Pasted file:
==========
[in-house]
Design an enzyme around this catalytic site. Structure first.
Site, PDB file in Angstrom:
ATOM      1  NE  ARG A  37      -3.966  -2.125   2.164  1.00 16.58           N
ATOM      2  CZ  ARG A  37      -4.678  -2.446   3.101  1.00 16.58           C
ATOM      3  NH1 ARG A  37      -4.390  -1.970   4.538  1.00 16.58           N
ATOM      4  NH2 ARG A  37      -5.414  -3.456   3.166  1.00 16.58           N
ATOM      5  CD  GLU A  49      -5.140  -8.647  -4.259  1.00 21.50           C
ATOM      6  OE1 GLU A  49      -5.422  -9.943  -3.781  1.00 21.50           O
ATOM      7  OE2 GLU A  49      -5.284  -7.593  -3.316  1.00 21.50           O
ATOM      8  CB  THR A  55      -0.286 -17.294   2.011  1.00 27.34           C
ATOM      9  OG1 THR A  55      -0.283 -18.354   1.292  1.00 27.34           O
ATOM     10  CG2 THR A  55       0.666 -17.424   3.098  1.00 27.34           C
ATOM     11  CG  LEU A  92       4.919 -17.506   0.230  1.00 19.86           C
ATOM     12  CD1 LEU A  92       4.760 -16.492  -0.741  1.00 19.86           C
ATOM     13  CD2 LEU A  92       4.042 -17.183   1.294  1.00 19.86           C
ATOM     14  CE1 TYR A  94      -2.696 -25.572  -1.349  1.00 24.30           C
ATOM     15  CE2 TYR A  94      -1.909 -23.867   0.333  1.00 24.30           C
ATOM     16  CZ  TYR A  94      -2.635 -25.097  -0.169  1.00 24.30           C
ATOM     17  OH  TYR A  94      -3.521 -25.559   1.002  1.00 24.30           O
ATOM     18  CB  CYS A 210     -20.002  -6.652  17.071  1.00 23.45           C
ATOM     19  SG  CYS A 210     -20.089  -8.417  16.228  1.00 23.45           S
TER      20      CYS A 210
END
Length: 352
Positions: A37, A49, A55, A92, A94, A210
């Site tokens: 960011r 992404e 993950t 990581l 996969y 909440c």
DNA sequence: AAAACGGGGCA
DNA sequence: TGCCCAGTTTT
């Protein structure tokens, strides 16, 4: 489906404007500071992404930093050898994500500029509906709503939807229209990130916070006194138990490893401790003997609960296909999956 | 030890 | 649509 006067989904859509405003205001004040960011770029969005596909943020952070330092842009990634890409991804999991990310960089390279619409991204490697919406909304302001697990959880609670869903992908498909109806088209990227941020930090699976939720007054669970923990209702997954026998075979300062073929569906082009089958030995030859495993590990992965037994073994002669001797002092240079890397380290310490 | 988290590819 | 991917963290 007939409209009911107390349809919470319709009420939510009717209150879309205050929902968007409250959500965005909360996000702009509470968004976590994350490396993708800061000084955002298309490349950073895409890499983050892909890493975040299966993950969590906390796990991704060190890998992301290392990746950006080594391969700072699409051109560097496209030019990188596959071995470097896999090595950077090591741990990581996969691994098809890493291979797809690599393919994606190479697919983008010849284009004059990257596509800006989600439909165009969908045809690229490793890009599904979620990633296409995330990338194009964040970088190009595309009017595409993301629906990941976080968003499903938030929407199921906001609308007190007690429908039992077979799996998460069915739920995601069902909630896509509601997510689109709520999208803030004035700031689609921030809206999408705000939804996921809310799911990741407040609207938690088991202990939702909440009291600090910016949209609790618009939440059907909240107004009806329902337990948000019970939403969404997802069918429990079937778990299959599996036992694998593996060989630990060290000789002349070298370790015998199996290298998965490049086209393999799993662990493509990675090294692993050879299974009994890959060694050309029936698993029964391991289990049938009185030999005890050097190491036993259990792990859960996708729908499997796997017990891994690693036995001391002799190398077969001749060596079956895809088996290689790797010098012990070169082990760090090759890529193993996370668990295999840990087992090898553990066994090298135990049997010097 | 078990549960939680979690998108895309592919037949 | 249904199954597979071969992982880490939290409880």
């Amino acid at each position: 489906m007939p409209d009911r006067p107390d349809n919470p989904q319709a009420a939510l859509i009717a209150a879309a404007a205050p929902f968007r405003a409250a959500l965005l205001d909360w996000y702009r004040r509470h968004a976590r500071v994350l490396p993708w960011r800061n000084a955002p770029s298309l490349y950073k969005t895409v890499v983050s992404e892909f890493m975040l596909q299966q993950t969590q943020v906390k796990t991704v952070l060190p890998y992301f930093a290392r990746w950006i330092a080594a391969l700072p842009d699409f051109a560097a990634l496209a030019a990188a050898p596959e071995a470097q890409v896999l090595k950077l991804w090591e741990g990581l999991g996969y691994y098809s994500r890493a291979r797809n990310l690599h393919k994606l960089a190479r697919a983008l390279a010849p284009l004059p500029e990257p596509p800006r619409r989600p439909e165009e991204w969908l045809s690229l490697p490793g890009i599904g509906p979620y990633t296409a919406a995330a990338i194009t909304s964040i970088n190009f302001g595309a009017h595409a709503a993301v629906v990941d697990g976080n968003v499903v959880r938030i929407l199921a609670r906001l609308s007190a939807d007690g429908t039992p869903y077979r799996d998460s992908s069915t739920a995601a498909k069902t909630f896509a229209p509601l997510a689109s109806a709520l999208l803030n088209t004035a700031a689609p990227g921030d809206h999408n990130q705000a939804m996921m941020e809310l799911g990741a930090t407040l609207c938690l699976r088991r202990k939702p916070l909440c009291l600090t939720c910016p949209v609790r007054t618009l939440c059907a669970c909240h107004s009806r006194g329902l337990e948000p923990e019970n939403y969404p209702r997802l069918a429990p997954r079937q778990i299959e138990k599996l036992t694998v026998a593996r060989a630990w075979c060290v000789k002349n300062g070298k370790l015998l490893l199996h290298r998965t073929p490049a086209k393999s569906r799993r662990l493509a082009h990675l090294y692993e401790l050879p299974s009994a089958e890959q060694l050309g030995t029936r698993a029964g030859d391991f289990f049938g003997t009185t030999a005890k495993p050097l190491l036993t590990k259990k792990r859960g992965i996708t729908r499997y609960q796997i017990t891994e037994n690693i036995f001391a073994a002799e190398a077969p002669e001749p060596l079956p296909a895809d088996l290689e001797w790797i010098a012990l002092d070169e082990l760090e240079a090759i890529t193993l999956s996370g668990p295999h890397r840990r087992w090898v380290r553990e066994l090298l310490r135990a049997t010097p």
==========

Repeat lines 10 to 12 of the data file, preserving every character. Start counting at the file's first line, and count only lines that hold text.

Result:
ATOM      7  OE2 GLU A  49      -5.284  -7.593  -3.316  1.00 21.50           O
ATOM      8  CB  THR A  55      -0.286 -17.294   2.011  1.00 27.34           C
ATOM      9  OG1 THR A  55      -0.283 -18.354   1.292  1.00 27.34           O